Kayaking Mississippi Would Fill Another Chapter for UT Senior

Hector Manley’s Paddling for a Purpose Raises Funds for Wheelchairs, Wounded Veterans

Published: Oct 11, 2011
Hector Manley ’12 has plans to kayak the entire Mississippi River this summer.  Photo by Chelsea Michelson '12
Hector Manley ’12 has plans to kayak the entire Mississippi River this summer. Photo by Chelsea Michelson '12
Hector Manley ’12 was born during a civil war in El Salvador. At 11, he lost both of his legs when Central America’s largest earthquake to date left him at the bottom of a ravine filled with burning trash for more than 30 minutes. In 2005, he was adopted by American parents who helped fit him with prosthetic legs and offered to help him get an education.

Now close to earning a bachelor’s in advertising and public relations, Manley wants to add another adventure to his already seriously colorful life.

This summer, Manley has plans to kayak the Mississippi River – not just a portion, the whole thing – all the while raising money for the Wounded Warrior Project and the Wheelchair Foundation, in an effort he’s calling Paddling for a Purpose.

“I’ve always loved adventure,” said Manley who will be joined by his American father, Don, and American grandfather, Larry, for the 2,700-mile trip beginning in mid-May. “I thought it’d be something I’d remember for my whole life.”

An avid golfer, Manley has his certification to teach youth golf. He’s a writer who was published in this month’s Golf Digest and hopes to capture the Mississippi River experience in a book. He’ll enroll in a self-study in the spring to help him with the framework for the endeavor.

The trip will start in Duluth, MN, and continue south to New Orleans, LA, veering slightly off the true end of the Mississippi. He estimates a three-month journey paddling 30 miles daily.

“It’s going to be more mentally challenging than physically,” he said.

Following Manley, his father and grandfather will be a manned power boat where the three will eat and sleep, and where Manley will store his golf clubs. A regular competitor in amputee tournaments, Manley plans to play golf in each of the states along the journey.

The boat also will tow several additional kayaks for friends and family who want to join them for portions of the trek. Manley’s UT roommate, Michael Weber ’12, is from a Wisconsin town where the Mississippi cuts right through. He’ll meet up with the group from there and paddle for a section.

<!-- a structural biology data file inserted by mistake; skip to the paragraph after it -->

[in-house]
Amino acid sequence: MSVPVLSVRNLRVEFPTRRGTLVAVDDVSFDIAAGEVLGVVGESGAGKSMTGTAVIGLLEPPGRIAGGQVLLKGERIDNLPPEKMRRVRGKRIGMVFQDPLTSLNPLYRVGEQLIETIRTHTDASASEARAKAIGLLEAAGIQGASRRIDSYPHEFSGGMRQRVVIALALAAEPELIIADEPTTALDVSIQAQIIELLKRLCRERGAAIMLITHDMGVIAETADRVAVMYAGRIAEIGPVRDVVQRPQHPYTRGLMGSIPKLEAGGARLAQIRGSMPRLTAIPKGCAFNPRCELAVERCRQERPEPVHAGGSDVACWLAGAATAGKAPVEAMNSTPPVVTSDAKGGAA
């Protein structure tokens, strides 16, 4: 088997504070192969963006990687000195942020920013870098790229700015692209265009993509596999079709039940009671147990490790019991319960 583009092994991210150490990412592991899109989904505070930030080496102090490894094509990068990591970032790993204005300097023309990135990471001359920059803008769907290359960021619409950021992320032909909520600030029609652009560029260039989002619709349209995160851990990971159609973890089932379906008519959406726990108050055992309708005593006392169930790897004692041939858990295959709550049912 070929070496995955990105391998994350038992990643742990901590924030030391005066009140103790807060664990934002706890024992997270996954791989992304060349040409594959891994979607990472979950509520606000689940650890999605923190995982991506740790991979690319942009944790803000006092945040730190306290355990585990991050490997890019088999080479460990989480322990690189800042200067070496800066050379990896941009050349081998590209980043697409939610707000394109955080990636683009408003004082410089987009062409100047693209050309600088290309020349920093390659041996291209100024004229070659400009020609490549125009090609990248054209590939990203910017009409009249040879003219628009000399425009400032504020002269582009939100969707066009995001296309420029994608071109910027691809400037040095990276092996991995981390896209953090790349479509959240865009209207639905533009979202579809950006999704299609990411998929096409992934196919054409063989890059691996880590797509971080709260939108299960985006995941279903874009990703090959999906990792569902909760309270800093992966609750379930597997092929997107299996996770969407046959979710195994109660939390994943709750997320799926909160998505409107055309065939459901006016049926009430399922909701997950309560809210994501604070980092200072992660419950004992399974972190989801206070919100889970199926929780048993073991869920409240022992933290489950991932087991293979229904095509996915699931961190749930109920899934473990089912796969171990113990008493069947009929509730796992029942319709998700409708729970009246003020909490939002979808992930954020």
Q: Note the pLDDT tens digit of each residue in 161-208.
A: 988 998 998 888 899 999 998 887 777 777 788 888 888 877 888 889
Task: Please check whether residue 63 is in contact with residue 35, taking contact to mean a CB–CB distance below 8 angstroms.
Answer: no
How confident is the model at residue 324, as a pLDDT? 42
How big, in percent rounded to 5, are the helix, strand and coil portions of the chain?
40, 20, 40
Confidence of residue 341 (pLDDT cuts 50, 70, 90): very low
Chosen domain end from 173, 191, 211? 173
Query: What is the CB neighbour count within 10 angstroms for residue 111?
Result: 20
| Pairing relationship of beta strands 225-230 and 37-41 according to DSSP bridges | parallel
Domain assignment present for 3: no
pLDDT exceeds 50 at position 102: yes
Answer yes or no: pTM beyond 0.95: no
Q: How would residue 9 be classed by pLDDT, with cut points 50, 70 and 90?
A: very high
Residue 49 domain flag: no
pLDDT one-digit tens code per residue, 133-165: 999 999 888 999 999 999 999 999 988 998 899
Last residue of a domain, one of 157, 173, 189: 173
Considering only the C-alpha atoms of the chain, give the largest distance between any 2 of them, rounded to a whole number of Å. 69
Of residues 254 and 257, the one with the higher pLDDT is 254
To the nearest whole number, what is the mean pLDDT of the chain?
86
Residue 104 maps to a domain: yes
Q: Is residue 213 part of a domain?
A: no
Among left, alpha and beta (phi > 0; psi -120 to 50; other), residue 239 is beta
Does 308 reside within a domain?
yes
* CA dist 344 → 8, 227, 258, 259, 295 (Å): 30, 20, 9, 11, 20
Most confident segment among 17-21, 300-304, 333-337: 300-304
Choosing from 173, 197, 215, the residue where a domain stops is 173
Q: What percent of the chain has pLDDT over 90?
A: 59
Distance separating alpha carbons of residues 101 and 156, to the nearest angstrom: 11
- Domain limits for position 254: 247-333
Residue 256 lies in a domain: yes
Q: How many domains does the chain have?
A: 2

During the journey Manley will be giving presentations at Rotary Clubs to raise funds and awareness for his two charities of choice. His connection to Rotary goes back to his time in El Salvador. After the earthquake, he stayed for an extended period of time in a children’s hospital in the capital which receives funds from Rotary. The Manleys, who serve on the hospital’s board of trustees, were visiting from Florida and by chance, Karen Manley met the young Hector. Realizing he was without access to proper prosthetics in his home country, the couple stepped in.

“Growing up I didn’t have shoes, but it wasn’t a big deal because others didn’t,” said Manley, whose parents and four siblings still live in El Salvador. Manley visits about twice a year. His parents came to Naples, FL, for his high school graduation and he plans on them returning for his UT commencement.

He said if he had remained in El Salvador he’d be confined to a wheelchair and, more than likely, uneducated. Losing his legs is a tragedy he feels “really opened up the doors to everything.”

“Absolutely everything about my life would be different,” said Manley. “I really believe things happen for a reason. I’m the luckiest guy around, absolutely.”

He’s marked with two tattoos, one each on the inside of his biceps: a sun with seven rays, one for each of his family members back in El Salvador; and the Spanish phrase “Hasta La Victoria Siempre,” a war phrase meaning never accept defeat.

For Manley, the phrase could be a motto for his life. As he looks to finish his college career and take on the Mississippi, he has one thing guiding him.

“Honestly, I feel I always want to do my best, and I want to help people,” he said. “This trip is one way to get me started. That’s how the Manleys raised me, and I want to be like them, to help as many people as I can.”


Jamie Pilarczyk, Web Writer
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